La Peña de Bernal: one of Mexico's 13 wonders

Julia Holland | Live the World

November 23, 2022

Central Mexico has the country’s best climate, regional dishes, and culturally authentic cities and towns that are better destinations for travelers looking for a taste of the most authentic Mexican experience. Central Mexico is mountainous with a semi-arid climate that lends well to visits year-round and offers a wide range of natural and cultural sites to explore. La Peña de Bernal is a perfect combination of natural and cultural heritage characteristic of Central Mexico. Located 45 minutes outside of the capital city of Queretaro and 2,5 hours from Mexico City, La Peña de Bernal is a giant monolith or stone mountain that towers over the surrounding mountainous countryside and charming town that shares its name. You can grab a bus from Queretaro to Bernal for 55 pesos. The town is quaint and authentic, and the monolith is impressive and majestic, earning La Peña de Bernal the designation of one of Mexico’s 13 wonders alongside Chichen Itza. Here, we will explore activities in the town as well as hiking and climbing this incredible geographical wonder. 

© istock/Gerardo Aguilar Ortiz

San Sebastian de Bernal: Pueblo Magico

© istock/Luke Wending

The enchanting town at the foot of the famous monolith that shares its name is prime Pueblo Magico material. Even if you are not a fan of strenuous hikes, you will thoroughly enjoy wandering through the cobblestone streets and visiting the unique and authentic locales of this colorful pueblo. The weather is nearly always sunny, dry, and cool, so no matter when you come, it will be a good time for an outdoor stroll.

There are a few small museums in Bernal worth visiting. The first of which is el Museo de la Mascara or the mask museum. Featuring over 300 masks from past and present indigenous cultures of the region, the republic, and other parts of the globe, this museum solicits local indigenous artisans familiar with cultural myths surrounding the monolith to design featured masks accordingly. 

© istock/jose carlos macouzet espinosa

Another museum and sweets shop of note is Dulces Bernal. Queretaro is famous for a particular type of sweets made with natilla and cajeta, which is custard or caramel made from goat and sheep’s milk. They have a wide selection of sweets with cajeta and natilla as the star ingredients including caramels, alfajor cookies, guayaba jellies, truffle chocolates filled with cajeta, assorted cajeta custard candies, and many more. A box of artisanal candies or a nice bottle of high-quality cajeta are great souvenirs for sweet-toothed friends and family.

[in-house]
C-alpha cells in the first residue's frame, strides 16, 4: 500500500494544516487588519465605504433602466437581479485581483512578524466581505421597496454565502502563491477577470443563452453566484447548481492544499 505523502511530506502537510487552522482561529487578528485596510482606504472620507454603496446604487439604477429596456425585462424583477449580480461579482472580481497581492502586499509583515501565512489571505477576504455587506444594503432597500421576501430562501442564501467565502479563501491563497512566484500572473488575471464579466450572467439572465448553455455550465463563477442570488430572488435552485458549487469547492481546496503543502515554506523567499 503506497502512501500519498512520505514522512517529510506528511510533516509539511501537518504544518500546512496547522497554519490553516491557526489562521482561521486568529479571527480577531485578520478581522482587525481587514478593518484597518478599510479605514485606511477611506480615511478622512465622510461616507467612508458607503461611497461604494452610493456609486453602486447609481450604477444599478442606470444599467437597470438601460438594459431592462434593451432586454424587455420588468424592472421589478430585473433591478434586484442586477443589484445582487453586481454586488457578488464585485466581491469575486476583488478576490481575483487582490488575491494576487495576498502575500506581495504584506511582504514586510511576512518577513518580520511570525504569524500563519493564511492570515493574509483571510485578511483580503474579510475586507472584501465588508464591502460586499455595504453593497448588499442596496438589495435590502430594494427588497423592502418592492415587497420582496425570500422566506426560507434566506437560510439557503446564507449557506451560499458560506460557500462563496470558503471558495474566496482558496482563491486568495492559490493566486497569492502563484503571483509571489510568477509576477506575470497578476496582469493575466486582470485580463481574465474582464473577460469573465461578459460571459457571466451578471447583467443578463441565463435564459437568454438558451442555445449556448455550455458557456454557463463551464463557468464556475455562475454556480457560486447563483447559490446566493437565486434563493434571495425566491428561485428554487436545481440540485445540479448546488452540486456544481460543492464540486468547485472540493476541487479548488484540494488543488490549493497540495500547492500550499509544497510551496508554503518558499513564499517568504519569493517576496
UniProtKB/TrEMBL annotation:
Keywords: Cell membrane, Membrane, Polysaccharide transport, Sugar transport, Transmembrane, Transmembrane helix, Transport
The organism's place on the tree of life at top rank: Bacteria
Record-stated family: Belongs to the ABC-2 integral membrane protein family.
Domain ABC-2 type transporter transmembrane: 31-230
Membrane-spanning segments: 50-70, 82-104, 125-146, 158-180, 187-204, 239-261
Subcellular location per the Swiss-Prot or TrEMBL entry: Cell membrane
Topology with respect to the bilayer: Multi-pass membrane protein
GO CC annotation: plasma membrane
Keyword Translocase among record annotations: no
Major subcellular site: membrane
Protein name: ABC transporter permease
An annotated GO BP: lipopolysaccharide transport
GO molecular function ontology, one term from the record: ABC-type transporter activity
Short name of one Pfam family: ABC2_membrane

© istock/carlosrojas20 sweets

Lastly, Bernal is part of la ruta del vino y queso or the wine and cheese route, as the region in which it lies has optimal climatic conditions to support Mexico’s finest vineyards. There are plenty of restaurants and shops that sell local wine and delicious local fresh and cured cow, sheep, and goat milk cheeses. You could get some to go for a picnic or a post-hike snack. 

La Peña de Bernal: hiking and climbing

© istock/Alexcrab

The Peña de Bernal is the 3rd largest monolith in the world, and for 30 pesos, you can hike up 80% of the rock to an ample outlook point. It is an incredibly steep hike, and at an altitude of 2500 m or 8200 ft. above sea level, it is a challenge, to say the least. That said, it is not too long of a climb and takes maybe an hour to reach the top. They also allow you to hike with your pets, for those of you who travel with your furry family members. 

At the highest point you can reach through hiking, there is a small chapel where many religious travelers like to leave offerings or pray to culminate the climb. However, I find the spectacular view of the town, sky, and surrounding mountains far more spiritual of an experience. 

© istock/JessicaPichardo

For rock climbers, you can scale up to the very top of the monolith with a local climbing guide. Obviously, La Peña de Bernal is a legendary climbing destination for the global climbing community. Climbers will take a different hike up half the monolith’s length, and from there will use proper bungee and climbing equipment to boulder the rest of the way up. There are four different routes: La Bernalina (which is classic route), El Lado Oscuro de la Luna (Dark Side of the Moon), Lluvia de Estrellas (Star Shower), and the hardest, most expert route, Gondwana.  

I recommend visiting both the town and the monolith on a weekday as it becomes obnoxiously overrun with local tourism on the weekends. Whether you go for a day trip or a weekend getaway, La Peña de Bernal is the perfect destination to get a taste of local cuisine, cultural heritage, and experience one of Mexico's 13 wonders, probably the most impressive one. 

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